Yoshida: In a lot of older MMORPGs, you weren’t able to carry over data from the beta test to official service, and the whole thing was a bit of a mess. Knowing this was often the case, we decided we needed a definitive end to Version 1.0. If A Realm Reborn had released at the end of 2012, we could have said this is what the Mayan prophecy was really about, but unfortunately, we weren’t able to release the game until 2013 [wry laugh].
From Planning to Execution─
Struggles on the Road to a Realm Reborn
―Could you tell us some of your most memorable moments from the development of A Realm Reborn?
Gondai: When it came to working on the battle system, Yoshida told me I could change things as I saw fit. I was taken aback that he’d put so much trust in me; it was our first time working together and I barely knew him. After all we’d been through with Version 1.0, I was also feeling a bit paranoid [laughs]. Back then, I was convinced that I had to do everything myself, that I couldn’t depend on anyone for anything. But one man can only do so much. Yoshi-P put me in charge of two people he brought over from another project he’d worked on previously, Sato and Yokozawa. They didn’t exactly have any experience working with battle systems, so I thought “Uh, are you guys only here to monitor me?” [laughs]
Yoshida: He had serious trust issues back then [laughs].
Gondai: I’d heard they came over after some issues on their past project, and we were all skeptical of each other [laughs]. There was...I wouldn’t say a sense of nervousness, but we were keen not to show any signs of weakness. That sentiment eventually led to a surprisingly productive working relationship.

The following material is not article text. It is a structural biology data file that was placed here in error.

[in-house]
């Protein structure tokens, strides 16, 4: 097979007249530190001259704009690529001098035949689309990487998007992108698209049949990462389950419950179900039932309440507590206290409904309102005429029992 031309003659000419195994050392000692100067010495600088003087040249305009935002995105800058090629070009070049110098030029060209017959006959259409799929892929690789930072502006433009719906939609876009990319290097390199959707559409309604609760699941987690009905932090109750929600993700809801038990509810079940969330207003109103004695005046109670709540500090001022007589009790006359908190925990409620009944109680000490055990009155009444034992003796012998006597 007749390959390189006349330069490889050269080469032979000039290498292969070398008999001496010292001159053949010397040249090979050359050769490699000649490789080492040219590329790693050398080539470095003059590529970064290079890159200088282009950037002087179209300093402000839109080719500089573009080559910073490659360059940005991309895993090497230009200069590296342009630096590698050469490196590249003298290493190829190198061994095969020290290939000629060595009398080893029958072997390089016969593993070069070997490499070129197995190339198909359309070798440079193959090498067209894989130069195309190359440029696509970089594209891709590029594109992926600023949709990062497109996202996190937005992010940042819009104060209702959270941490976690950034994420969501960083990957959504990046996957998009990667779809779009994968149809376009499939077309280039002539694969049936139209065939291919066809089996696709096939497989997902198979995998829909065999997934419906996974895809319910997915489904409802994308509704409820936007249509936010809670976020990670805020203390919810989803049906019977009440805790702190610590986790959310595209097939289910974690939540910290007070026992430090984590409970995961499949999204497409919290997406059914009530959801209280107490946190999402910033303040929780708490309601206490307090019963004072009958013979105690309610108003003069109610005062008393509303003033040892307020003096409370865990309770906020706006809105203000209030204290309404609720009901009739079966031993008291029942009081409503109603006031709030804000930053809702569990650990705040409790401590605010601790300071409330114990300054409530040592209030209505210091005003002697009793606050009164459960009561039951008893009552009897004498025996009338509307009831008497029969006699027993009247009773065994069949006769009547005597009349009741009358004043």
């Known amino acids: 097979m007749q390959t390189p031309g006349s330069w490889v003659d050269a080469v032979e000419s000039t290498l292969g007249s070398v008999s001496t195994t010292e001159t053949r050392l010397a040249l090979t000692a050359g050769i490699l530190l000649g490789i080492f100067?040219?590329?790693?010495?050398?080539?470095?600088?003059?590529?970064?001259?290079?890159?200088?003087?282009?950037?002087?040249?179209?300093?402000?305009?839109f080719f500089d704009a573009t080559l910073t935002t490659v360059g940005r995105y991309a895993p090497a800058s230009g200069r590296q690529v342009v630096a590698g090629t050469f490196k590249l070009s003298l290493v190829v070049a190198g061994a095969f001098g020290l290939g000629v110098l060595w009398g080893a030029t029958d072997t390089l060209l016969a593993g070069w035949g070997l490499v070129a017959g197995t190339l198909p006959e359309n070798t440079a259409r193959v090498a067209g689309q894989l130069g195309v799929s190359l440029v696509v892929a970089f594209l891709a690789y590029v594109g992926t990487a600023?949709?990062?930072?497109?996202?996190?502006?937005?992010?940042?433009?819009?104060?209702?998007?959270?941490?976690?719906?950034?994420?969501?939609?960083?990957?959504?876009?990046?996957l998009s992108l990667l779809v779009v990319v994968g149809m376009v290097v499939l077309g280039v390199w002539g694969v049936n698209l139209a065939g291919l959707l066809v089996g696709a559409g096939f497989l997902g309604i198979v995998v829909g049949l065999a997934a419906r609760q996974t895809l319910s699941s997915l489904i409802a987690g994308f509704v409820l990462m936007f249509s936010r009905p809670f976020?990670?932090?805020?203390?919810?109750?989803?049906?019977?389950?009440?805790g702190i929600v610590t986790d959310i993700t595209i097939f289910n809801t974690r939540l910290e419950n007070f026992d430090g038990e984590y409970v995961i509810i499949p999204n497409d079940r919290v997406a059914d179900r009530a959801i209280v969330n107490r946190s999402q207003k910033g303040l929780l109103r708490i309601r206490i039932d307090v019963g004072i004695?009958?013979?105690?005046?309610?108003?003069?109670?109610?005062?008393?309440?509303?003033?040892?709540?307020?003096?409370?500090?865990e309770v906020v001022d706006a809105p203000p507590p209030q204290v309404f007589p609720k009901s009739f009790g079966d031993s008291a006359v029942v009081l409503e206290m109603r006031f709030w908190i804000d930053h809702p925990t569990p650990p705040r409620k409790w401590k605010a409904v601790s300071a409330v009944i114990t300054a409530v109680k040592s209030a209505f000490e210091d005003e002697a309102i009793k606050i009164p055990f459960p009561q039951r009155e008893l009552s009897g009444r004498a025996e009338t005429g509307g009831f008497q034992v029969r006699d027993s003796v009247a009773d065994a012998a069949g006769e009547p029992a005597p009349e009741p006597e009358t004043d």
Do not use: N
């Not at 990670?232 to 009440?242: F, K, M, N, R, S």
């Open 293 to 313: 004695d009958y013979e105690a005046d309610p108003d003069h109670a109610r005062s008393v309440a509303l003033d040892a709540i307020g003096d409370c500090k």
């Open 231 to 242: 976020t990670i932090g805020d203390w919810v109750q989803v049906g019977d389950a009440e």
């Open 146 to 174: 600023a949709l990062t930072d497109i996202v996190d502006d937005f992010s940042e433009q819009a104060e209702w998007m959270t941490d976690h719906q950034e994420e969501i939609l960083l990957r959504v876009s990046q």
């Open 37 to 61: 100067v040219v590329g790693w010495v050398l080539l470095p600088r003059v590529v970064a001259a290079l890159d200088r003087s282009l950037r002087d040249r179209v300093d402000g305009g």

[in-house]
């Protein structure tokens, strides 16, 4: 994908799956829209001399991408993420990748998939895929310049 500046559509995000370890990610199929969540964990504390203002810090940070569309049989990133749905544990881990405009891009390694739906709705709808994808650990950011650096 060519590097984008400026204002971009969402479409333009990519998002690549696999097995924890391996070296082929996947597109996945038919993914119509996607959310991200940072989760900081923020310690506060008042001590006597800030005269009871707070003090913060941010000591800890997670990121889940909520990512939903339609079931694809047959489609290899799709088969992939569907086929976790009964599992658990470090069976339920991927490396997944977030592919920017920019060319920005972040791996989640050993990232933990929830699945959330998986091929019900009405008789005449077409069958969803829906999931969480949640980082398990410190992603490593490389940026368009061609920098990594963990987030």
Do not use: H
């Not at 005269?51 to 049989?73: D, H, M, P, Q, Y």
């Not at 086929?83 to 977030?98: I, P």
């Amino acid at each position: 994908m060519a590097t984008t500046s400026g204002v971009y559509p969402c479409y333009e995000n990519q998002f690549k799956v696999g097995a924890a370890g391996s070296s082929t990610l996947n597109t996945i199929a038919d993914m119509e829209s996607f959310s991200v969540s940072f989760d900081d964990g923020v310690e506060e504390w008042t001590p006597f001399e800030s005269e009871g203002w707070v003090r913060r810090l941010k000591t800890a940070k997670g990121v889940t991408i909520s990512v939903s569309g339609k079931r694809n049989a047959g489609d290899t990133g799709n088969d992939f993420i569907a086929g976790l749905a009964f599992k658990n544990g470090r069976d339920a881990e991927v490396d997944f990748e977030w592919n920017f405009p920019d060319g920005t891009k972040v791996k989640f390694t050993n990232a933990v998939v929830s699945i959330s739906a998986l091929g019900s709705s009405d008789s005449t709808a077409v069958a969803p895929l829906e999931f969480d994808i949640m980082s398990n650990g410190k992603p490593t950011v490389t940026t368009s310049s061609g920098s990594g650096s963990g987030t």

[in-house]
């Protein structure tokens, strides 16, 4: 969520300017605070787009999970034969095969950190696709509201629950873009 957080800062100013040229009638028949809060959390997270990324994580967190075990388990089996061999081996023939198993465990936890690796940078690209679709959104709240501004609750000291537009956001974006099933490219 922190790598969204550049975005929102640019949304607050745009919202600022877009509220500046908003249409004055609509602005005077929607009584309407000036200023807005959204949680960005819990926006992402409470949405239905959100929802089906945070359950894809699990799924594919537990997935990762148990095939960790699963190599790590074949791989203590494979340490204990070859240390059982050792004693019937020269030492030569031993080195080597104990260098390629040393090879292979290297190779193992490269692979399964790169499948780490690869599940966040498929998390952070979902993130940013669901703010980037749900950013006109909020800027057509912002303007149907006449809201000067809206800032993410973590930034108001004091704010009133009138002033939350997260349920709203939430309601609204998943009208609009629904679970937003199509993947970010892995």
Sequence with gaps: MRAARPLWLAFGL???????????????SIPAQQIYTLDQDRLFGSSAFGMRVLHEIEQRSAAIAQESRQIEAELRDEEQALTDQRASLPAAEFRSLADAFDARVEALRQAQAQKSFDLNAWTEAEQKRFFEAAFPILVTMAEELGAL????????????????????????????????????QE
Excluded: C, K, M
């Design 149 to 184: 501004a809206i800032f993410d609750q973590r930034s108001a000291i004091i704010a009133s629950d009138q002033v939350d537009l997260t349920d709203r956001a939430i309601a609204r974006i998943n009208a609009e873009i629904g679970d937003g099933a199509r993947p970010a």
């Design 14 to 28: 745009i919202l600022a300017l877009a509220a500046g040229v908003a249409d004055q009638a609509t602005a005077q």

Yoshida: I can certainly relate to that. Coming onto a project with hundreds of people seemingly out of nowhere as the new boss, I was expecting there to be resistance, and I had to be ready should that have indeed been the case. There was a lot of tension on the team, but we were motivated, and I think things turned out very well.
Gondai: I can’t say I’d ever focused that hard on work before. But thanks to that focus, we were able to make something really special. What’s more, I learned to trust in people again [laughs].
Yoshida: Glad to see this helped you grow as a person [laughs].
Gondai: The two guys I mentioned earlier have grown a lot, too. It makes me wonder what problems they could have possibly had on their previous project. I’d say they’re two of the best planners in the entire company. Then later on, people like Sudo, who’s considered a god by players, and Nakagawa joined the team. A sort of rivalry developed between us and we all improved immensely as a result.
Yoshida: A bunch of lone wolves coming together to make a pack. We still get a little wild from time to time, but at the end of the day, we’re a team [laughs].
―How was working on the music and sound for A Realm Reborn?